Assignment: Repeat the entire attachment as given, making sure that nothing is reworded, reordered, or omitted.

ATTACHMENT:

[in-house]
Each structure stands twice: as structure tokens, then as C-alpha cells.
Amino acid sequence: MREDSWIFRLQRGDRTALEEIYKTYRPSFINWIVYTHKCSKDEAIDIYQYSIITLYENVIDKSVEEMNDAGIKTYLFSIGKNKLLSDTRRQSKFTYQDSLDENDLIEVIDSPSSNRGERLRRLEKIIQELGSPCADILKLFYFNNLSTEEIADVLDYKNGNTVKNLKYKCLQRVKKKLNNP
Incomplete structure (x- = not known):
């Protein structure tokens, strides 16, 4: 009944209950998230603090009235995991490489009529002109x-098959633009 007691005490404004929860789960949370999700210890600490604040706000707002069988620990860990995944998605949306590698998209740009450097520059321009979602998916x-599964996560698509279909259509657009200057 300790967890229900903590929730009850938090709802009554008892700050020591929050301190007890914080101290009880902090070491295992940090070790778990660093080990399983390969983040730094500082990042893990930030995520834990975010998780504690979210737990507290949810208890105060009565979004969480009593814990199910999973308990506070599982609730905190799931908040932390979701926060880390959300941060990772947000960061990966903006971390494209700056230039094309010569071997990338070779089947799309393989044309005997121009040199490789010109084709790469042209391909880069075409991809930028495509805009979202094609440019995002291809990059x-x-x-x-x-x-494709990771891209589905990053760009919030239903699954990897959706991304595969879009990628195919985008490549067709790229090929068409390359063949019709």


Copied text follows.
[in-house]
Each structure stands twice: as structure tokens, then as C-alpha cells.
Amino acid sequence: MREDSWIFRLQRGDRTALEEIYKTYRPSFINWIVYTHKCSKDEAIDIYQYSIITLYENVIDKSVEEMNDAGIKTYLFSIGKNKLLSDTRRQSKFTYQDSLDENDLIEVIDSPSSNRGERLRRLEKIIQELGSPCADILKLFYFNNLSTEEIADVLDYKNGNTVKNLKYKCLQRVKKKLNNP
Incomplete structure (x- = not known):
């Protein structure tokens, strides 16, 4: 009944209950998230603090009235995991490489009529002109x-098959633009 007691005490404004929860789960949370999700210890600490604040706000707002069988620990860990995944998605949306590698998209740009450097520059321009979602998916x-599964996560698509279909259509657009200057 300790967890229900903590929730009850938090709802009554008892700050020591929050301190007890914080101290009880902090070491295992940090070790778990660093080990399983390969983040730094500082990042893990930030995520834990975010998780504690979210737990507290949810208890105060009565979004969480009593814990199910999973308990506070599982609730905190799931908040932390979701926060880390959300941060990772947000960061990966903006971390494209700056230039094309010569071997990338070779089947799309393989044309005997121009040199490789010109084709790469042209391909880069075409991809930028495509805009979202094609440019995002291809990059x-x-x-x-x-x-494709990771891209589905990053760009919030239903699954990897959706991304595969879009990628195919985008490549067709790229090929068409390359063949019709």